When judgement gets in the way of change

When judgement gets in the way of change

I’ve been pondering all week, what to write about next. As I wass doing some research into the relationship between stress and digestion for our 1 day retreat this past weekend, I thought perhaps I should share some of those findings with you.

But then I thought, what about the stress around making the “right” food choices?

What about the “being-a-good-girl inner voice”, which in my experience can have a pretty nasty condescending tone? And the judgement that often follow when we don’t make that “right” choice…

 

judgment in the way of change

For some reason, I’ve struggled emotionally in the past week or so with “being good enough”. I think it may be related to a recent opportunity that presented itself and that I’ve been wanting to be part of for a very long time. So when I finally got the chance, of course I was ecstatic, which then followed by self-doubt. Can I actually deliver on what I say that I can? What if I can’t?

Oh the beauty of the turbulence of emotions! I even caught myself thinking that, perhaps I should just throw in the towel and quit and say that I’m no longer interested. If you quit you can’t technically fail, right? This “quitting” pattern is one of my old protective mechanisms for when things get stretched a little toooo far outside that famous comfort zone. So I’m totally aware of the lure of taking the “easy” option out.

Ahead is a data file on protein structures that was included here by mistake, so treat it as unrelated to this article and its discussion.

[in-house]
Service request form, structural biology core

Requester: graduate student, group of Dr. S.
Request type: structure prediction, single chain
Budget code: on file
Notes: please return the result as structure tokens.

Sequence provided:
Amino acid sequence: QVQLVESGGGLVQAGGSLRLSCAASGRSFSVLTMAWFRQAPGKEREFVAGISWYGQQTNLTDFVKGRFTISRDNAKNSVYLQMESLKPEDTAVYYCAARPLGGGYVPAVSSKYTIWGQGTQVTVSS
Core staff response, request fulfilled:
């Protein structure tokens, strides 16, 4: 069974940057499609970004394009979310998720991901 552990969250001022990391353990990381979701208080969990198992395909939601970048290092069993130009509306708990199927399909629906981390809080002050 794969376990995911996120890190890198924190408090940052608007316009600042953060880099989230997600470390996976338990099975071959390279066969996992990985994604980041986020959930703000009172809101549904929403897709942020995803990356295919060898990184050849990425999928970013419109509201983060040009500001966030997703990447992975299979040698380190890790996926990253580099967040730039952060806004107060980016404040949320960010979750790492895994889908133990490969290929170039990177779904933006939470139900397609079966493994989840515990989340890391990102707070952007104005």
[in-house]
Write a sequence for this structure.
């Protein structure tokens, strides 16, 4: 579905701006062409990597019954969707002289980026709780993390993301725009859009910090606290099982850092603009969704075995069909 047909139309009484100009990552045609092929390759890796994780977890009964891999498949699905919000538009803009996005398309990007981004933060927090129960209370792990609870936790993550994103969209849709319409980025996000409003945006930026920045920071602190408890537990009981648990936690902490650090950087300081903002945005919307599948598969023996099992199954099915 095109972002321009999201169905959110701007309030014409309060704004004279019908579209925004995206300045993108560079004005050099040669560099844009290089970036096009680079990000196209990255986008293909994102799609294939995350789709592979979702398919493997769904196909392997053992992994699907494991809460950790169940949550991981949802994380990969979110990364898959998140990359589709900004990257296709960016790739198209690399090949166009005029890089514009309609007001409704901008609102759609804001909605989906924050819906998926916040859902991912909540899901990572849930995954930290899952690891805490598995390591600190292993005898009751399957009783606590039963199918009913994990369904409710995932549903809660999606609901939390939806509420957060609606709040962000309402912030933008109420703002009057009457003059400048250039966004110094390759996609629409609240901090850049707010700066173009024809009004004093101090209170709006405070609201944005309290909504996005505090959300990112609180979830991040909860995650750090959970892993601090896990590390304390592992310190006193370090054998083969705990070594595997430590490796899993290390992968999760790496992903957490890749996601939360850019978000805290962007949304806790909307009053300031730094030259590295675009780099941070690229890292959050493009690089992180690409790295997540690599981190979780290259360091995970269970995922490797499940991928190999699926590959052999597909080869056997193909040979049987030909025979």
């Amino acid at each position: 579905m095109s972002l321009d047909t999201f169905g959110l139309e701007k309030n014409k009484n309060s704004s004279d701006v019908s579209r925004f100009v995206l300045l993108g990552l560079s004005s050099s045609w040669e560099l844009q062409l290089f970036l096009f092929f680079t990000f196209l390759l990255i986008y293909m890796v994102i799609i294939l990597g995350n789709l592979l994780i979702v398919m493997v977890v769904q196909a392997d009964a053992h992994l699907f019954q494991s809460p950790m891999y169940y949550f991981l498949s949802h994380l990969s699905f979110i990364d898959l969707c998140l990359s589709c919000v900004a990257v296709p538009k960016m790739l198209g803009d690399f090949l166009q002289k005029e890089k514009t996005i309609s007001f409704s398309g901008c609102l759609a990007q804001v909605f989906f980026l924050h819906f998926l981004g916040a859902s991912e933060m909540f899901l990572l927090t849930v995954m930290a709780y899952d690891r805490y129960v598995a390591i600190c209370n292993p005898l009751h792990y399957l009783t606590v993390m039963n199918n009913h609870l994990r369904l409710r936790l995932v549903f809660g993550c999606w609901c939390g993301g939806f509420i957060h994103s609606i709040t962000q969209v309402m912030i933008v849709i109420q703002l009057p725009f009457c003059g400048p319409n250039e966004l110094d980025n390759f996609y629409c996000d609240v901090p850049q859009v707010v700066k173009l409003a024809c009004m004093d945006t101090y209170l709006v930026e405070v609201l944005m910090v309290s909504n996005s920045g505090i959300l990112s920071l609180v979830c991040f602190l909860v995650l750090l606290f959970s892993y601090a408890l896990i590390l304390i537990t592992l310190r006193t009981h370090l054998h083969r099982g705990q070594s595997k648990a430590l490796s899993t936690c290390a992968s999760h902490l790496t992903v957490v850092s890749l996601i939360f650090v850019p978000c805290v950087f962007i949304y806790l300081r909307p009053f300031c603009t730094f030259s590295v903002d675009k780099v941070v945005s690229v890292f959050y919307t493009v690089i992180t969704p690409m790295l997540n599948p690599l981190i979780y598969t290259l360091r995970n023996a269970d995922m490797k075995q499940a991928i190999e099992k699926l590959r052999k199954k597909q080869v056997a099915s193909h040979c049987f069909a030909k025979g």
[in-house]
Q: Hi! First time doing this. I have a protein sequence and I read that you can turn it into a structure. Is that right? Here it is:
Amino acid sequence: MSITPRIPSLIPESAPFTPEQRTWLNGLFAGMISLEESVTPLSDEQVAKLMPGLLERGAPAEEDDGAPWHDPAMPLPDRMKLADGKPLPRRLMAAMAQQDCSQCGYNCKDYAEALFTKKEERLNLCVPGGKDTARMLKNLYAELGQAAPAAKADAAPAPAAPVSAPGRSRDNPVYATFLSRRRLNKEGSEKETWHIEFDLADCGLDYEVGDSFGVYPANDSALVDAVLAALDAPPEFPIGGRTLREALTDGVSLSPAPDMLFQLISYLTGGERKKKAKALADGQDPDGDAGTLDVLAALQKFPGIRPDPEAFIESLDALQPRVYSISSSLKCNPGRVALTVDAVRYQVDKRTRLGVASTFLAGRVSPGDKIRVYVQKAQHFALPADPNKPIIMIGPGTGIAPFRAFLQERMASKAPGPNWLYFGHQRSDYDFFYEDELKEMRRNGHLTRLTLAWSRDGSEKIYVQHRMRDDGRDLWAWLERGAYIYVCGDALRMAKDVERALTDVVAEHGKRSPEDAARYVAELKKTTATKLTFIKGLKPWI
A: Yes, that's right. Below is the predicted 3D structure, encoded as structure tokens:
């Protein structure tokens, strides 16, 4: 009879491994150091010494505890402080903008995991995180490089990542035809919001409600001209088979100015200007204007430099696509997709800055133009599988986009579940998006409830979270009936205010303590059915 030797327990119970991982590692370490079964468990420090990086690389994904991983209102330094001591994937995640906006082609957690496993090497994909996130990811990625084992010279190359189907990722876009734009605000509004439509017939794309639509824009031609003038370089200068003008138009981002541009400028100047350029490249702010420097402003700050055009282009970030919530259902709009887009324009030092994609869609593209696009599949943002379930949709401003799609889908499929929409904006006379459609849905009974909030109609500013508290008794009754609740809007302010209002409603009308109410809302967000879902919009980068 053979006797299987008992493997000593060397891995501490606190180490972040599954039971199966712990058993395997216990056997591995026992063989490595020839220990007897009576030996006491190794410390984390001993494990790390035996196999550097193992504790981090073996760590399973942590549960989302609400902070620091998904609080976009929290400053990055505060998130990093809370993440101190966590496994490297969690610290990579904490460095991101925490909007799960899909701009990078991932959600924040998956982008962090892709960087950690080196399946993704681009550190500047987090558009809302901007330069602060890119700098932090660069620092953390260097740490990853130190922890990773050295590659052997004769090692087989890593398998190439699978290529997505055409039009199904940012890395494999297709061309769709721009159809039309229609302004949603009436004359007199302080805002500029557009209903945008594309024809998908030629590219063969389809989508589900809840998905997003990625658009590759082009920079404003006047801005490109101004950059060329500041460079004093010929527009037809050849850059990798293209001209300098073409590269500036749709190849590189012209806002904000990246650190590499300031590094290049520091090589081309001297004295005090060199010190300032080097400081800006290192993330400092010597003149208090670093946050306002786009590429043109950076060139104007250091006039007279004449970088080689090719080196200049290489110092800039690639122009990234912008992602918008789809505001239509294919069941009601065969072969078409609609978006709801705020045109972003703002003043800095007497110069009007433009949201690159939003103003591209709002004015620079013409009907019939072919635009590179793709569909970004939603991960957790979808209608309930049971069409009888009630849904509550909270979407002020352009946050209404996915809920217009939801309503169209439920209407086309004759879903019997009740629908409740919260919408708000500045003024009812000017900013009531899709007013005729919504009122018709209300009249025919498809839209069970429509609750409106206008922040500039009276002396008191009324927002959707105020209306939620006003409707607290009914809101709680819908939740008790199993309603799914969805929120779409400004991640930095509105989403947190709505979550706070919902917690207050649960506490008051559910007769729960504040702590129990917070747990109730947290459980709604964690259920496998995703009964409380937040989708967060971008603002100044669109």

Thing is, there’s a distinct difference about quitting without even trying, or to pivot and try something different because what you are currently doing isn’t working.

The fear of the unknown is what’s playing out here, together with some self-judgment, which can all to easily lead to self-sabotage.

Each and everytime we try something new, we can never be certain of the outcome. Well come to think of it, each and every morning we open our eyes we cannot even be certain of what the day will bring… We can have hopes and expectations, but we can never be sure. Hindsight is as they say “a wonderful thing”.

Whether you’re embarking on a journey of self-discovery and spiritual growth, a new way of eating or even something as simple (yet sometimes challenging) as trying a new recipe, embracing the uncertainty of it actually means that anything is possible!

 

But it is scary. There’s certainly many times in my life I’ve wished for a crystal ball…

 

And then we decide to take the leap anyway, and before we know it, this voice of self-doubt and  judgement creeps in.

Self-reflection can be a wonderful gift to gift yourself. I’ve seen both for myself and with clients the leaps and bounds that happens in a transformational way when we start looking in the mirror and begin to question what we believe, think and do. But… And this is a BIG but, if we bring judgement into the picture, it becomes a big hindrance in the process of change.

 

when judgment gets in the way of change

 

Why? Because when I am busy lambasting my own actions with my own self-righteousness, THIS is where my focus is at. If I’m so busy getting down on myself and my actions, I can’t actually see the reality for what it is.